As a possessor of a graduate degree, and a teacher of college, I have a serious weakness for the campus satire, and as I brainstormed my list, I realized that I could’ve quite easily filled the entire list with them. Instead, I’ll just list some of my favorites.

Changing Places by David Lodge

Small World by David Lodge

The Lecturer’s Tale by James Hynes

Blue Angel by Francine Prose

Straight Man by Richard Russo

Lucky Jim by Kingsley Amis

So, my online friends, what are the funniest novels you’ve ever read?


John Warner is Chief Creative Czar of Tow Books, a new publishing imprint focusing on funny books for people with good senses of humor. The first titles, Really, You’ve Done Enough: A Parents’ Guide to Stop Parenting Their Adult Child Who Still Needs Their Money But Not Their Advice by Sarah Walker, and Oh, the Humanity: A Gentle Guide to Social Interaction for the Feeble Young Introvert by Jason Roeder were recently released. He is also editor of McSweeney’s Internet Tendency and author of So You Want to Be President? a humorous look at politics and campaigning to be published March 2008. His previous book, Fondling Your Muse: Infallible Advice from a Published Author to the Feeble Young Introvert was an BookSense pick November 2005. He lives in South Carolina.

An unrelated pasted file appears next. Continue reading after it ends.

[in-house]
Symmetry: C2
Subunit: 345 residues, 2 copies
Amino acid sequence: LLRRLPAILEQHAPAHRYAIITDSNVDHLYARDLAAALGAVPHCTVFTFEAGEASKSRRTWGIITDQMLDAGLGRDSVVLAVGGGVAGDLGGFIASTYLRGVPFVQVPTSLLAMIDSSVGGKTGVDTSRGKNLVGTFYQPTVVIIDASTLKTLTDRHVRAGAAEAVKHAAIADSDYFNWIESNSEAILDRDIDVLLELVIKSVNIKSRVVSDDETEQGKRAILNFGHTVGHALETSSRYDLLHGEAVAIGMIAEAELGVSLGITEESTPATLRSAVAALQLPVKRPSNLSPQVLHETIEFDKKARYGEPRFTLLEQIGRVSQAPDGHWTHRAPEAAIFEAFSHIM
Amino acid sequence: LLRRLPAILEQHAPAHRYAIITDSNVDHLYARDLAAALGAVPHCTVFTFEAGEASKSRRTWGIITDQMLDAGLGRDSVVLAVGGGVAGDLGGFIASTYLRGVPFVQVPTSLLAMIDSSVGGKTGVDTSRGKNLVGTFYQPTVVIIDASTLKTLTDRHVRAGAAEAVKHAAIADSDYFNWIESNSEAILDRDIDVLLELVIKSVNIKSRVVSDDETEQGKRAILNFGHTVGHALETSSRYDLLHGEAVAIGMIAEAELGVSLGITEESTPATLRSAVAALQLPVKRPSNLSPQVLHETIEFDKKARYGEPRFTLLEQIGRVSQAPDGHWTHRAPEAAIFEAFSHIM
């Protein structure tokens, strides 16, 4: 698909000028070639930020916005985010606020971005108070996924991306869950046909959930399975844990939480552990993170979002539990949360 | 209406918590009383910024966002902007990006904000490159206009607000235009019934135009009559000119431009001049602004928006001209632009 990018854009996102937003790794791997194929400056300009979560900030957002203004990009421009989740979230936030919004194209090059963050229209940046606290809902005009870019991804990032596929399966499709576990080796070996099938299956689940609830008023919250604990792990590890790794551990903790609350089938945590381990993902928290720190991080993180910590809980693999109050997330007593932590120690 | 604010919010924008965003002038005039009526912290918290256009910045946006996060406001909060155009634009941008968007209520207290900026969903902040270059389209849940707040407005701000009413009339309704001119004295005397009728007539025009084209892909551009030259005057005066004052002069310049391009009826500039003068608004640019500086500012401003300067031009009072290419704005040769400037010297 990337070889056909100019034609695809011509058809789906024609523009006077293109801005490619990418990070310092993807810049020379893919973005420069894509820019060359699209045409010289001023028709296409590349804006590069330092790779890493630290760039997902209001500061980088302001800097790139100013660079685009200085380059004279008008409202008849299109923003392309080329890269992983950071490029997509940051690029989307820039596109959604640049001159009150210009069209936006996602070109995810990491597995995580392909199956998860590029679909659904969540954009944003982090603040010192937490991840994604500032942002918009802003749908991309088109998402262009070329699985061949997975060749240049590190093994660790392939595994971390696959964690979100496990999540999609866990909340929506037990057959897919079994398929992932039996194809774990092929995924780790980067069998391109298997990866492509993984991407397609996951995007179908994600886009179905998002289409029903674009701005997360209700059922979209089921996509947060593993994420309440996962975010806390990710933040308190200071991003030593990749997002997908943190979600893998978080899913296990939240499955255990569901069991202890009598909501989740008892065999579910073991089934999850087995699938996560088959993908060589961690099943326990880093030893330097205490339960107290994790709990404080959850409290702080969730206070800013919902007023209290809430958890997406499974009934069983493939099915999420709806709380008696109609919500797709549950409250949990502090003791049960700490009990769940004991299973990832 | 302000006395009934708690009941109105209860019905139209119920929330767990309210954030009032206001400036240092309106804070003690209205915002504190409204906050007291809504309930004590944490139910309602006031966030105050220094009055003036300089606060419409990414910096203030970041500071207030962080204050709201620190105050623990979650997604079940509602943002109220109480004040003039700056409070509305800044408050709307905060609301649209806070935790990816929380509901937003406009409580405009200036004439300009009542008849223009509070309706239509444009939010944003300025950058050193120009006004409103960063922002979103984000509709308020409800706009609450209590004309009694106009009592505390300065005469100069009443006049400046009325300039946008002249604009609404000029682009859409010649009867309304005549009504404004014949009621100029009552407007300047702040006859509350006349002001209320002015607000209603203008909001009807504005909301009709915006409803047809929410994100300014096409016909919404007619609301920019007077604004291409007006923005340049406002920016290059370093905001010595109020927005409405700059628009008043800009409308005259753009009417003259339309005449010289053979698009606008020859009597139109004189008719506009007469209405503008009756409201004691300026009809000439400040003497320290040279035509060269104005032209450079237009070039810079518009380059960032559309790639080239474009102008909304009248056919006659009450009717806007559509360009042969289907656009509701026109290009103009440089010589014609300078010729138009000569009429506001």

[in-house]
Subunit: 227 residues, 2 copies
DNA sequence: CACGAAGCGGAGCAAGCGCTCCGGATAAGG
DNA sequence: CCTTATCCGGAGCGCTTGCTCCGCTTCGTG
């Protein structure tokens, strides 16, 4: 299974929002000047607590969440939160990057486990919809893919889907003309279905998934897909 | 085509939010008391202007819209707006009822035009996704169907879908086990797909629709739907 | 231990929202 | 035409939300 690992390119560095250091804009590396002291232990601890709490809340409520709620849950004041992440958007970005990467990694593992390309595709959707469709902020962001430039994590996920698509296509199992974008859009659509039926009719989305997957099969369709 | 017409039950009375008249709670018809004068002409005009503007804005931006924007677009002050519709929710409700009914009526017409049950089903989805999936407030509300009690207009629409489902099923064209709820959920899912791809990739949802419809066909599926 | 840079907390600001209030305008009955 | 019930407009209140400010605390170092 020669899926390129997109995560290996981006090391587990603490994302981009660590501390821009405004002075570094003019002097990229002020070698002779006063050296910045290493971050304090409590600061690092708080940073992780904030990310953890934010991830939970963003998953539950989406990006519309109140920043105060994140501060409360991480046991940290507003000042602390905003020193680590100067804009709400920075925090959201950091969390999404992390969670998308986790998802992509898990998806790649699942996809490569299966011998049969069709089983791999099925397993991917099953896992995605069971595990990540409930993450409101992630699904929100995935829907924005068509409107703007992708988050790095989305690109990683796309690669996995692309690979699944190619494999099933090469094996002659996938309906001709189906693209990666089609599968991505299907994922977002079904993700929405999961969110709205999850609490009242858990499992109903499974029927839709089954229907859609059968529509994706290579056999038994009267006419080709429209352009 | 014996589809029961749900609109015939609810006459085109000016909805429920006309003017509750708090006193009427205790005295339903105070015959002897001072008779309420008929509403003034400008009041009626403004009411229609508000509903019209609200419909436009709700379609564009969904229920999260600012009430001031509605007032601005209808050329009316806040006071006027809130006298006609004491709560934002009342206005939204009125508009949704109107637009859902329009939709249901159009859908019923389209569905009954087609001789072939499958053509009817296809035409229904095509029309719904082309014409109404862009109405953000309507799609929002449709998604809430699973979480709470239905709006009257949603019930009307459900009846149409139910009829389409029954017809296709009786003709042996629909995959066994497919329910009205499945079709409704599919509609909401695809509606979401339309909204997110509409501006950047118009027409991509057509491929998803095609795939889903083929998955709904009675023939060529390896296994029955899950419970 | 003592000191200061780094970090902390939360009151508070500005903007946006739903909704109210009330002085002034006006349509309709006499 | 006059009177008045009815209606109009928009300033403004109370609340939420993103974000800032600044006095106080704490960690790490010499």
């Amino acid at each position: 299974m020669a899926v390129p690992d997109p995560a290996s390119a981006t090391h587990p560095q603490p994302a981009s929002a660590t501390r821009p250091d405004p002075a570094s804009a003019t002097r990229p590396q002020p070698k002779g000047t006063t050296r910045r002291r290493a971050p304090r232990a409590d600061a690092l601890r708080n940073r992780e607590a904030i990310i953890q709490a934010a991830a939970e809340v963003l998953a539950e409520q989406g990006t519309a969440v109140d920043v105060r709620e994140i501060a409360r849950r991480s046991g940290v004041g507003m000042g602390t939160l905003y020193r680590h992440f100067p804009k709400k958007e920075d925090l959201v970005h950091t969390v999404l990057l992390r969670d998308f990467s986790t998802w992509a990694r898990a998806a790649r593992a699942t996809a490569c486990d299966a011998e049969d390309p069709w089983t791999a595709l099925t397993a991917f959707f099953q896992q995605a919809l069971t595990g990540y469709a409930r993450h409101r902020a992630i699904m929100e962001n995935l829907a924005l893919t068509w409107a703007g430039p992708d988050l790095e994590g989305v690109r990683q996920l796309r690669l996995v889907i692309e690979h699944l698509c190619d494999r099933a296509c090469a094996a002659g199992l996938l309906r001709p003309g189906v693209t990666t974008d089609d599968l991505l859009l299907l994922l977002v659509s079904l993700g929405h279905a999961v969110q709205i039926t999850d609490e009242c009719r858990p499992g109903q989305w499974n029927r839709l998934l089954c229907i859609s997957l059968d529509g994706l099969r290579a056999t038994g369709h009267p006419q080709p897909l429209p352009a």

Question of the Week: Costume

by Susan Henderson on October 29, 2007

Tell me a funny (and true) story about a Halloween costume. Also, are you dressing up this year?


mcsweeney's john warner visits litpark header

Because this month has five Wednesdays in it instead of four, we’re going to play Top 5 again – this time with my friend, John Warner, editor of McSweeney’s Internet Tendency. (Here is McSweeney’s, according to Wikipedia.) I admire John so much for his work ethic, his generosity, and the way he never takes himself too seriously. I hope you’ll stop by on Wednesday to play.


Weekly Wrap: Our Ancestry

by Susan Henderson on October 26, 2007

Before you read my blog today, please go visit Tommy Kane. It’s okay. I always go to his site before I come here, so you can, too.

Did you like it? My favorite thing about my friends is when they don’t filter themselves. I like to see the Id, the stream of consciousness. I like to see my friends in the buff, so to speak.

Um. I was going to do a wrap on ancestry today. I was going to tell a story of when I was in fifth grade and our class was assigned a unit on the family tree. The teacher suggested we talk to an older member of the family to find out our history, so I called one of my grandmothers and asked the first question: “What are your parents’ names?” She got strange and angry and told me never to ask her such a thing again. I must never speak of family trees or ask about any family or history. Nothing. Apparently, you can saw the branches off the tree and never tell anyone why you did it.

I was going to give a warning about bringing Norwegian flatbread to school on international night because your classmates will have a very poor opinion of Norwegians, and of you; and the kid who brings the tacos is the hero.